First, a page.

Court administrator’s email stating findings are not findings


In Baxter & Associates, LLC v. D&D Elevators, Inc., No. 05-16-003300-CV (Feb. 15, 2017), the plaintiff appealed from the denial of a temporary injunction against former employees and the company they formed. The plaintiff alleged that the former employees took trade secrets, namely a list of builders with projects potentially including elevators, in violation of their fiduciary duties and the Texas Uniform Trade Secrets Act (“TUTSA”).

After a two-day hearing, the parties received a signed order denying the request for temporary injunction, which was attached to an email from the court administrator stating, “The Court makes the following rulings: … I do find that trade secret as to existing jobs or bids was obtained… [but] there is an adequate remedy at law….” The plaintiff requested findings of fact and conclusions of law, and filed a motion for reconsideration based on its argument that it did not need to show no adequate remedy at law under TUTSA to obtain injunctive relief. The trial court did not sign any findings of fact or conclusions of law, and the plaintiff appealed without filing a notice of past due findings and conclusions of law.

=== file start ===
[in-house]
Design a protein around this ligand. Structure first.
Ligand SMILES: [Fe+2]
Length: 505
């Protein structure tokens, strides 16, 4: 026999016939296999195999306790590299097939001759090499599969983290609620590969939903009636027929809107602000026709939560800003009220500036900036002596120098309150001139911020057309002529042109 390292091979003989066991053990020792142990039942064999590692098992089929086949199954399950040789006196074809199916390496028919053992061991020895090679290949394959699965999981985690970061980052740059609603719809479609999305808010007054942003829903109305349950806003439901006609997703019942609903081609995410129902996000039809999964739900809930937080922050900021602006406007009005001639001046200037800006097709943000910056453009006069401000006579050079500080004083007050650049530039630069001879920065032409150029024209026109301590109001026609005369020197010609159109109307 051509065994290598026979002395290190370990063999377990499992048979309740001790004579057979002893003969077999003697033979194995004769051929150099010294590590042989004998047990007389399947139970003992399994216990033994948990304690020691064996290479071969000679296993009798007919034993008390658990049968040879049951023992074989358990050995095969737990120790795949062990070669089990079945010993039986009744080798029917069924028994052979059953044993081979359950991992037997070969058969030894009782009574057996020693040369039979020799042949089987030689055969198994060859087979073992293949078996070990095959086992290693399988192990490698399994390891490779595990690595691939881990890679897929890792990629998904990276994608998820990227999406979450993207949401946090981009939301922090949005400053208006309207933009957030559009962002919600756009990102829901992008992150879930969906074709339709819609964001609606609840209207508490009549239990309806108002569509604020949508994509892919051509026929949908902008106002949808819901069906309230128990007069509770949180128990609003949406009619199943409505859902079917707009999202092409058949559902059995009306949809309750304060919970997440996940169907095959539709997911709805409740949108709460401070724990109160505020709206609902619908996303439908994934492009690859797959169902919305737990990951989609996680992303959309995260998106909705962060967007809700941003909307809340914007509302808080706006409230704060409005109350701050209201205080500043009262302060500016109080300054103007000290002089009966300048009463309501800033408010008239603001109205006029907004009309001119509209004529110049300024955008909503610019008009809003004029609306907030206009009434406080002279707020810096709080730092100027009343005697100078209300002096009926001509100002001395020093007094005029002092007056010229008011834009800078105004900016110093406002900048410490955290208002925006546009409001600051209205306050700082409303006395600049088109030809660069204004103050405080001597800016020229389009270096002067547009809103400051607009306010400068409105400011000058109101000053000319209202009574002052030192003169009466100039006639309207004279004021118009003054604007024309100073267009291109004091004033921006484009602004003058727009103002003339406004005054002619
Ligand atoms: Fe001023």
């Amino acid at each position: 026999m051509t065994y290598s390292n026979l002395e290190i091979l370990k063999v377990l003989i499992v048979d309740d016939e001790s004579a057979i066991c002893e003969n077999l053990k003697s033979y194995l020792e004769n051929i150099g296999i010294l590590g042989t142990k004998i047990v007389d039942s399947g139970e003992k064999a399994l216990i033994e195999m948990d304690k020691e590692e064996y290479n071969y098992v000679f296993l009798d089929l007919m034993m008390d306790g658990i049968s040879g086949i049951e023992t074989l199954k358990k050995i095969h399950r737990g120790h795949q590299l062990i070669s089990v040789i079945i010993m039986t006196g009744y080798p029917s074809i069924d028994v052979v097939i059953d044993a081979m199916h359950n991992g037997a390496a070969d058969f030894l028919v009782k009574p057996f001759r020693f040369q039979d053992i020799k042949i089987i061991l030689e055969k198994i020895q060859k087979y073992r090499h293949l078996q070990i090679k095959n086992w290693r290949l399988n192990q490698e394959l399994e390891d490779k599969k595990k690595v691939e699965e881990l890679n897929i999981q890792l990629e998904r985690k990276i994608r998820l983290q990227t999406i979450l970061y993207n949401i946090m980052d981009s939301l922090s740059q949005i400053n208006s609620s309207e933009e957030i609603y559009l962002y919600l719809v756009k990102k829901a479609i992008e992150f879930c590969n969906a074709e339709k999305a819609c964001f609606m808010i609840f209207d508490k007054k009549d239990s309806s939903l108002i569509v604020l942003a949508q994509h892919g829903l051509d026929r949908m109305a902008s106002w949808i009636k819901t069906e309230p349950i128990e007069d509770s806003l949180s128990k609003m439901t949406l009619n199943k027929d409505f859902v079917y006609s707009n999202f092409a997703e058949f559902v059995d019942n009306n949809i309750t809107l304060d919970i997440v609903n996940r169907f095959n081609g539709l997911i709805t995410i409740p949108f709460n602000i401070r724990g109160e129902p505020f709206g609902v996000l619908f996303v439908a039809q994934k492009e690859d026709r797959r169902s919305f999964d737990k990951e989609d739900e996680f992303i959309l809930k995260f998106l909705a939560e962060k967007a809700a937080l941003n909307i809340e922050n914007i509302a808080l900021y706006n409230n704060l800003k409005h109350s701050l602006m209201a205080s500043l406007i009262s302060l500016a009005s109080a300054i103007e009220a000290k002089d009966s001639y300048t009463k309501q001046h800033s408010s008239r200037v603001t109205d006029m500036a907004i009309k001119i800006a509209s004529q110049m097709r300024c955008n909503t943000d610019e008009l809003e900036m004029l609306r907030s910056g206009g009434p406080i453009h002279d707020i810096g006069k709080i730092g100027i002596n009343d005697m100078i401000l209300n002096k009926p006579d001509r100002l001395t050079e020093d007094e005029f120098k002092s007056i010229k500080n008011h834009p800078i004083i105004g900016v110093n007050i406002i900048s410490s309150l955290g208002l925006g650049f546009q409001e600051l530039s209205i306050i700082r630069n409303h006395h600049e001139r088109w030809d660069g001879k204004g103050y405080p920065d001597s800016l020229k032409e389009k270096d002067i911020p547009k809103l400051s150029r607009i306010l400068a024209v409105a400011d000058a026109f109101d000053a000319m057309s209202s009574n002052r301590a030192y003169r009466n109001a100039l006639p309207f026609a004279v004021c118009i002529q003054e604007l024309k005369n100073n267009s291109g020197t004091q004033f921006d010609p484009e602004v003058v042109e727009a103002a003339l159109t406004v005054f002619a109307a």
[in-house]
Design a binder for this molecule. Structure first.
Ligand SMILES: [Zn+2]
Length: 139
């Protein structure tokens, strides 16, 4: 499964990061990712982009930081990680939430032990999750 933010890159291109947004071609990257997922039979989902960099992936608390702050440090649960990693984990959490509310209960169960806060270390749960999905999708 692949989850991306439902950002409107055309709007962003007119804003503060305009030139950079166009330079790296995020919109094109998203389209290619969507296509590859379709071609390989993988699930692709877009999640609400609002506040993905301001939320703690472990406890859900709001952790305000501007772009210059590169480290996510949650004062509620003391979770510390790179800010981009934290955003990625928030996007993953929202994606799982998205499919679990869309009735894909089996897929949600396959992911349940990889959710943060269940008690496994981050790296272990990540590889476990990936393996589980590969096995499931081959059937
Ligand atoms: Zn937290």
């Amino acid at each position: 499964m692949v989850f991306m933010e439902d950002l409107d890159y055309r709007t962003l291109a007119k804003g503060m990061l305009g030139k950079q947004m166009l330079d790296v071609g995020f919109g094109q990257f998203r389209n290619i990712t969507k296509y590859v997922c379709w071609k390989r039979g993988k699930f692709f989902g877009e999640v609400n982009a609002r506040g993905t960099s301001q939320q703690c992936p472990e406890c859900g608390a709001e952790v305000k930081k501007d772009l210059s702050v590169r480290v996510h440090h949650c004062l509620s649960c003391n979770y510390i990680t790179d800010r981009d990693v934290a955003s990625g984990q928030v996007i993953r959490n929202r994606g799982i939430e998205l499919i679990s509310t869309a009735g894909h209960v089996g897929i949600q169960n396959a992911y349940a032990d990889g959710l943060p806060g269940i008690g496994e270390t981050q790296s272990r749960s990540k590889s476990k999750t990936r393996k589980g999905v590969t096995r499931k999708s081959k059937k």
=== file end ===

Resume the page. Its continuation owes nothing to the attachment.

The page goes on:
The first issue addressed by the court was procedural—whether the statement contained in the court administrator’s email stating the existence of trade secrets was a finding of fact. The Court of Appeals held it was not, in part because at a subsequent hearing the trial court stated that it had not made such a finding. Although the plaintiff formally requested findings of fact and conclusions of law, it failed to file a notice of past due findings and conclusions of law pursuant to Rule 297. Thus, the Court of Appeals held there were no findings of fact or conclusions of law, that any error for the failure to make such findings was not preserved, and implied a finding that the plaintiff had not shown the existence of a trade secret.